My time in college, other than my early marriage and the homophobic institution I was studying at, was incredibly enriching. I loved school (well except the theoretical math part) and I was incredibly lucky to have an amazing team of professors who were deeply passionate about their jobs and field. I got to do lots of cool lab classes and I spent about 7 weeks studying at a field station in the San Juan Islands and a study abroad trip to the Galapagos Islands.

I volunteered at the Zoo during college but by the time I graduated, I had come to realize that I didn’t have the patience to deal with a job that was becoming increasingly competitive, controversial, and underpaid. I wanted to go on to a research position in ecology but this was right after the 2008 recession and jobs were scarce. The only things I could find were “room and board” type positions in remote areas.

With my marriage being the mess that it was, I didn’t feel like I could leave to pursue the career I wanted. And I didn’t have the energy to go on to more schooling because I had so many unresolved relationship issues and identity crisis dilemmas. So I decided to turn to my other skills.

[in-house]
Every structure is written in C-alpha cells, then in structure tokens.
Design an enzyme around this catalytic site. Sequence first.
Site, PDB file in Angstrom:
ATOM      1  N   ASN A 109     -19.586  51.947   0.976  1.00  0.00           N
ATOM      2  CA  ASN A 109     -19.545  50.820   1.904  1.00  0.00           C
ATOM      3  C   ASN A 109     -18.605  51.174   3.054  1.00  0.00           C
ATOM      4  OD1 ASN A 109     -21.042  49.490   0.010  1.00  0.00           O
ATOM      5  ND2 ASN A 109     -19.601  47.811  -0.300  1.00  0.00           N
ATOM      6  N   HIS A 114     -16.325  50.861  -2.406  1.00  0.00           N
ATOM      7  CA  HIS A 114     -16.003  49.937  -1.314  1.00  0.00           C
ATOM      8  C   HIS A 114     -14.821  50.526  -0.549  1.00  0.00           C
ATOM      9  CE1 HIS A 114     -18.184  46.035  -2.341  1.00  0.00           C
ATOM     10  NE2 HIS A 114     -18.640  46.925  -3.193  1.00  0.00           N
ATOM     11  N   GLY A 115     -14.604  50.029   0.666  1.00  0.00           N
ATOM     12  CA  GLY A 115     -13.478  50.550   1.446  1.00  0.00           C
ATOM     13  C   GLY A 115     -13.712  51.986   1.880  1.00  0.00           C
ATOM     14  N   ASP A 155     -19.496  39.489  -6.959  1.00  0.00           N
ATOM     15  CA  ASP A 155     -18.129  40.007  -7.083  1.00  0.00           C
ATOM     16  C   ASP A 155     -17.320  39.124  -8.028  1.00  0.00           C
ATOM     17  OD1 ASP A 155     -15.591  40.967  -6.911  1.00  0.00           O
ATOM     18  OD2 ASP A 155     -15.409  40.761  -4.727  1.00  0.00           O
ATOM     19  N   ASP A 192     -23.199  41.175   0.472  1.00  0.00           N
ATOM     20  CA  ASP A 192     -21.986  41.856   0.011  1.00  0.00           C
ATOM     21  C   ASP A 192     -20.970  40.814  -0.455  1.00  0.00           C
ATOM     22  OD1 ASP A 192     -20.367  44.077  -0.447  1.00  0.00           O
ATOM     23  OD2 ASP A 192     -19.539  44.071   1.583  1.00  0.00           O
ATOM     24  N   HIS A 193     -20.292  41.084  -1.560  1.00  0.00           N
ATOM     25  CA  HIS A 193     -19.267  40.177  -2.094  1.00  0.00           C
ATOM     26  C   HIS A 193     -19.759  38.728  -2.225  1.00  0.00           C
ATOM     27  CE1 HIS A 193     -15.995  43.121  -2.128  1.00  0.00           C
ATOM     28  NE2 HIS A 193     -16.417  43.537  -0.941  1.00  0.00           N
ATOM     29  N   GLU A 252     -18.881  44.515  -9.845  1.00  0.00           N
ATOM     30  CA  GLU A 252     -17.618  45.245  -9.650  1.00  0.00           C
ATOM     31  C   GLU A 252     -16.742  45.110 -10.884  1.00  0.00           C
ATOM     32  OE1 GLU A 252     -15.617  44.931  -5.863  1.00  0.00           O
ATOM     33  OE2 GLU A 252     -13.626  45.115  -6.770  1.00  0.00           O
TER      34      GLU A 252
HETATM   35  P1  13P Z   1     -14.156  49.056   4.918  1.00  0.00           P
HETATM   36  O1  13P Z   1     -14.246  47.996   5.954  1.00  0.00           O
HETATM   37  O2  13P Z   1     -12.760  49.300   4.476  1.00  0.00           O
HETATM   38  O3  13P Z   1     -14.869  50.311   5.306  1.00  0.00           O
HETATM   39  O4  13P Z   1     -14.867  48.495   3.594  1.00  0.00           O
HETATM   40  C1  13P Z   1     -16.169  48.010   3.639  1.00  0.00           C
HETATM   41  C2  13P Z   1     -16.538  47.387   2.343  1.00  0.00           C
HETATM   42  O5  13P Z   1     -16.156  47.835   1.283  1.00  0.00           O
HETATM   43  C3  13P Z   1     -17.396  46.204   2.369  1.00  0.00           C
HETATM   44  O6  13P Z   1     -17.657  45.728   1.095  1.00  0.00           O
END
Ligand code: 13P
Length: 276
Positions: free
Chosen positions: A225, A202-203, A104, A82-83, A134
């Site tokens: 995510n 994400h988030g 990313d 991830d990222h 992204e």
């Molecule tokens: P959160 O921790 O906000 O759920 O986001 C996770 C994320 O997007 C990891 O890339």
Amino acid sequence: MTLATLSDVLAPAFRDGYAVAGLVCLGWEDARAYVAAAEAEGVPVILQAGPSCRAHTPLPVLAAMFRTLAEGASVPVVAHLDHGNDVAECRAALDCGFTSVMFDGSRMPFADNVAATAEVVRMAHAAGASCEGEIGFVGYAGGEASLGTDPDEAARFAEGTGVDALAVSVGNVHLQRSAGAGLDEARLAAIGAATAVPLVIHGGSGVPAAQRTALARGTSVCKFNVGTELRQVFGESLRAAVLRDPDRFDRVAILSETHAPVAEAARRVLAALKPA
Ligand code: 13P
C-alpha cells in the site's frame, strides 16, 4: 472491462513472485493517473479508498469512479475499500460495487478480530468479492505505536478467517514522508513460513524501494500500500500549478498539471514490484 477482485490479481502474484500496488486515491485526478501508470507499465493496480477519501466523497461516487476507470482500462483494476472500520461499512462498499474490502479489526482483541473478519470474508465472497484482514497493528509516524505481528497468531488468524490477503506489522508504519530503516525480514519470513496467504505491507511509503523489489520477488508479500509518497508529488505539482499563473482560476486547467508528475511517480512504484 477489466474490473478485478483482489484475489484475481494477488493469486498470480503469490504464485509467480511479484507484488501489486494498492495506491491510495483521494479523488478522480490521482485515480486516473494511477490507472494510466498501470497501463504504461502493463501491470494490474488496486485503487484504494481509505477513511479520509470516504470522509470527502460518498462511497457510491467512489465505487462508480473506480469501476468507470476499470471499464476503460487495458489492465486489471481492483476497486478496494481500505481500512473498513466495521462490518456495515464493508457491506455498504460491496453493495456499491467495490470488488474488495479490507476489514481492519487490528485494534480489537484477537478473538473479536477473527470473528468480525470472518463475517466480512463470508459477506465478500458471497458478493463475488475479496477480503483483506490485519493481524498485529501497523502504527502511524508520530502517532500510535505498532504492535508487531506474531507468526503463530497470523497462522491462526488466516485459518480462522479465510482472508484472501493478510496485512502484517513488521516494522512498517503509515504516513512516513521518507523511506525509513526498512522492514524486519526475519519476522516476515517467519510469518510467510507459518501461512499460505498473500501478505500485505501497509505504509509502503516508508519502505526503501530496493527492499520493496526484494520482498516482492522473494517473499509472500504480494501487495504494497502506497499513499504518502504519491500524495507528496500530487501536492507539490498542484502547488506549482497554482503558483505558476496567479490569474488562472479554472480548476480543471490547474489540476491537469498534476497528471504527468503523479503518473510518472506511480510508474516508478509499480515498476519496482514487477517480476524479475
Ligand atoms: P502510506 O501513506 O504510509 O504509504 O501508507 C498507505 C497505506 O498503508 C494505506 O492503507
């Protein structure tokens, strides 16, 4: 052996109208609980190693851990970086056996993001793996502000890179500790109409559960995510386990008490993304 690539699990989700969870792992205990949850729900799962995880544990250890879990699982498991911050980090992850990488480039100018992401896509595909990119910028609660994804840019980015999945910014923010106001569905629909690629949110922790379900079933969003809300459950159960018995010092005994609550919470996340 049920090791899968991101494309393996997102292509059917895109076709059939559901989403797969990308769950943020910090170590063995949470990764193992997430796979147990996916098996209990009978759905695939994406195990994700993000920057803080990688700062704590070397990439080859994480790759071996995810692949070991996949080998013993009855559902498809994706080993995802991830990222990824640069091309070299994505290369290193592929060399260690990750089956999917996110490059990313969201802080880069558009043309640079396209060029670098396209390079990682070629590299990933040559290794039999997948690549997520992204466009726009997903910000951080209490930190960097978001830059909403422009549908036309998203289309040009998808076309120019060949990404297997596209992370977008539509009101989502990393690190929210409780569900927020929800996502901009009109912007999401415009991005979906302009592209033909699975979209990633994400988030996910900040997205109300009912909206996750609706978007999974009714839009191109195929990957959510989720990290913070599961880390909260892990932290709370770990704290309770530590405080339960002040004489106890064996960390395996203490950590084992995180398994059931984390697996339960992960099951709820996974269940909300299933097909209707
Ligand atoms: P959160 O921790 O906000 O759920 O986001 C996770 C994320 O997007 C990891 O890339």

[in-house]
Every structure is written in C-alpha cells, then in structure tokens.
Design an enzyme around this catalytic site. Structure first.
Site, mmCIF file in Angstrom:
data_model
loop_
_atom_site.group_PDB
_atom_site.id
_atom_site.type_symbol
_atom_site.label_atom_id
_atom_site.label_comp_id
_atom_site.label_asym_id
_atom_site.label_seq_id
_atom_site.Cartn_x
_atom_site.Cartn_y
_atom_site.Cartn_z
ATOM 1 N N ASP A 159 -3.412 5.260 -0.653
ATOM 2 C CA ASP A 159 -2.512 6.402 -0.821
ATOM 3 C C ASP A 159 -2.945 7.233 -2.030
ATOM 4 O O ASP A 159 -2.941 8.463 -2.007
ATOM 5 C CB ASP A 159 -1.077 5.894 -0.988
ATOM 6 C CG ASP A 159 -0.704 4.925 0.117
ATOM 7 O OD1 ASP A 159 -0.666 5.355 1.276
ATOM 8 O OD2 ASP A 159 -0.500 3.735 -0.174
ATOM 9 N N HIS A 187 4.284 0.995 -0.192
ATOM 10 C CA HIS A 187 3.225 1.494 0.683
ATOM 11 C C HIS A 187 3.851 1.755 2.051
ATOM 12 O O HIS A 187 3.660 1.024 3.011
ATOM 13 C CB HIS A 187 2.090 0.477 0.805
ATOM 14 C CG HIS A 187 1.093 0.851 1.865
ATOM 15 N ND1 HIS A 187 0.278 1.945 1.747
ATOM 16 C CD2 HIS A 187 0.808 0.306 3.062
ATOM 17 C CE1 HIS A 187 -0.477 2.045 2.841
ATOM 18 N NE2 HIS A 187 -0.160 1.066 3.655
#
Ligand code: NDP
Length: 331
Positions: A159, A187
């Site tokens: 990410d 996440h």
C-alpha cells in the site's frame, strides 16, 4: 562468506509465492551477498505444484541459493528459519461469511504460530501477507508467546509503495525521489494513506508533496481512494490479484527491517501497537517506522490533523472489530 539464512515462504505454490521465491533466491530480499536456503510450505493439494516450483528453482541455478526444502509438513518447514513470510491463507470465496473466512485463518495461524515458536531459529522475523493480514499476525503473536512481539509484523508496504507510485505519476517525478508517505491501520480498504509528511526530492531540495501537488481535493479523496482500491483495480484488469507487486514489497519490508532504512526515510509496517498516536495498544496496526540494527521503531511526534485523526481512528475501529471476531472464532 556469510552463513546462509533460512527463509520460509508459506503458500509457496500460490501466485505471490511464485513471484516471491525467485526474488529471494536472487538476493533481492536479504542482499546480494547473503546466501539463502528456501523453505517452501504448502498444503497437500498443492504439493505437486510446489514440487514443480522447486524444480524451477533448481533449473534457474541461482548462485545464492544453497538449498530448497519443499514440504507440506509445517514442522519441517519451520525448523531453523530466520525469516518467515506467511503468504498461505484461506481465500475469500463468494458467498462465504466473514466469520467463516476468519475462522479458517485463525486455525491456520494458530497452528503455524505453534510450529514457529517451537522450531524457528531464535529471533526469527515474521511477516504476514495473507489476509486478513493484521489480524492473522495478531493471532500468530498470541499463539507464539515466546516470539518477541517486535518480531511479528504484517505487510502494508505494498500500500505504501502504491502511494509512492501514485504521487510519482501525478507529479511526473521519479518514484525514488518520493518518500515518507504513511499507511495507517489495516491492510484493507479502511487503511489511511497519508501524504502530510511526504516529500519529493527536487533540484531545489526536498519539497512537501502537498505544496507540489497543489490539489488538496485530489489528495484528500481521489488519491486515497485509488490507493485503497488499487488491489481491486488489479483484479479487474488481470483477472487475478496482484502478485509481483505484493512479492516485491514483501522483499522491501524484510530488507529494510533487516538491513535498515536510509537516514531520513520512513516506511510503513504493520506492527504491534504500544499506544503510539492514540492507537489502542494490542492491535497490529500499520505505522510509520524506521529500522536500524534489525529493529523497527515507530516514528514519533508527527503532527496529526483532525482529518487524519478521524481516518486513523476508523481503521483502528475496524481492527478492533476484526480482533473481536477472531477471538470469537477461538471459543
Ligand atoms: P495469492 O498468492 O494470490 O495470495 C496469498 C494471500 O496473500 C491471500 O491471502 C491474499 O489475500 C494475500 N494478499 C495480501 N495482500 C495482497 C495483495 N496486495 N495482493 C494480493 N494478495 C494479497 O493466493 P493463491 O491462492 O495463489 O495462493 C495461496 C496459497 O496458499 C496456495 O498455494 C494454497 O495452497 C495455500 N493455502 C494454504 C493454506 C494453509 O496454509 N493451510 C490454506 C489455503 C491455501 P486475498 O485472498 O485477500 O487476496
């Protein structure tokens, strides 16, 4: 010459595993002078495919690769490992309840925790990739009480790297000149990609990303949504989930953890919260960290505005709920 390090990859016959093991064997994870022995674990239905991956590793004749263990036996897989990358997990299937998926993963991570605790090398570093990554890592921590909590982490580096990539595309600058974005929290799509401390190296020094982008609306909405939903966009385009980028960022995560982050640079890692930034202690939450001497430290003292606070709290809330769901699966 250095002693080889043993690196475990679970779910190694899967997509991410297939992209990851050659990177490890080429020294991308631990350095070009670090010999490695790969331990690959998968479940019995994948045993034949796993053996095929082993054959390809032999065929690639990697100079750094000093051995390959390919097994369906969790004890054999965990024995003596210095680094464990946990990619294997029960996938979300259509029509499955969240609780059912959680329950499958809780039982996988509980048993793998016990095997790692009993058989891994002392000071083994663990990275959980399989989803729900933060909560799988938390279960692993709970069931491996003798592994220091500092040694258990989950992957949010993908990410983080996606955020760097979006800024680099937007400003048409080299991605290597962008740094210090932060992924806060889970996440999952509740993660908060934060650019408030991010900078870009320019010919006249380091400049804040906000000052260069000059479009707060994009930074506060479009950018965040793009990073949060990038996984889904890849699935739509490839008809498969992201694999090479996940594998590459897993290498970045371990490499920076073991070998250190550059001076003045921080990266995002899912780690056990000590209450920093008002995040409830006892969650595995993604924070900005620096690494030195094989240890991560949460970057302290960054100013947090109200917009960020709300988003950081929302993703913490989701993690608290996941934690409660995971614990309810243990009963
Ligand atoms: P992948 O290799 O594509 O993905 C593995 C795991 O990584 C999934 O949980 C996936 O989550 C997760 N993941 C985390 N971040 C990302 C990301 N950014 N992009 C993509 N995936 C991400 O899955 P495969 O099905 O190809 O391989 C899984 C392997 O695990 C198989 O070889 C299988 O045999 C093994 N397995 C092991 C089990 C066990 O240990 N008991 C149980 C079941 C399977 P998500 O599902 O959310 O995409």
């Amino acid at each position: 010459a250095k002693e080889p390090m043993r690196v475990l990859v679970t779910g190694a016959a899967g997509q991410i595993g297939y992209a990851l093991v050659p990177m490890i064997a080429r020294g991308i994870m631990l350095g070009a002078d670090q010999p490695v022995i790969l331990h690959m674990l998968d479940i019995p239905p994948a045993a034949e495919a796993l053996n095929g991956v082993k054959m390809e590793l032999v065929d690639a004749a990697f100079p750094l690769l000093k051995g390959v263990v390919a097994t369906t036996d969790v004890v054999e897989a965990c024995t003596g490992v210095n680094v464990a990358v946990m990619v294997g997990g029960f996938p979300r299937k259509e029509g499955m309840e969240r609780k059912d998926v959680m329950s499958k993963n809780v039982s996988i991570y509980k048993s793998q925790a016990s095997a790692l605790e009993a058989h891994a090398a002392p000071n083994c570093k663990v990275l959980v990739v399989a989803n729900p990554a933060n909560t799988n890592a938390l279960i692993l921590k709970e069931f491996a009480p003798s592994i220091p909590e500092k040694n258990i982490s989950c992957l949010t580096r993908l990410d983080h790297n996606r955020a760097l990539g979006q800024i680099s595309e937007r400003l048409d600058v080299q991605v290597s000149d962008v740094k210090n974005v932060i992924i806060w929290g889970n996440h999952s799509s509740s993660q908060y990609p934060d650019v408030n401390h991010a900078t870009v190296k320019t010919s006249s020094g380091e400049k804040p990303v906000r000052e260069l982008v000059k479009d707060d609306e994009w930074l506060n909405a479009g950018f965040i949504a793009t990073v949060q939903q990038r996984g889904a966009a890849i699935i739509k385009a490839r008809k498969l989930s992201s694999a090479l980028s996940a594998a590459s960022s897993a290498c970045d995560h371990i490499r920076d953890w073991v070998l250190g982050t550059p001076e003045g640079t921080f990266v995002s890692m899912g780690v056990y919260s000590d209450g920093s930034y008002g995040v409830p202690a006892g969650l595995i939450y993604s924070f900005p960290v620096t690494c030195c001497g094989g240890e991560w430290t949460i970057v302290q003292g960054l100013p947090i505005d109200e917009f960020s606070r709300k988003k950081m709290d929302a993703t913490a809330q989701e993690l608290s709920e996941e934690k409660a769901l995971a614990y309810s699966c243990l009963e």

Through college, I had been supporting myself by working as an office assistant at a couple of the school departments and a local nonprofit. So after work study ended, I decided to get a receptionist job. I don’t think it was a mistake that the first job I ended up in in a highly femininized field at a vet clinic where I was the only “man”.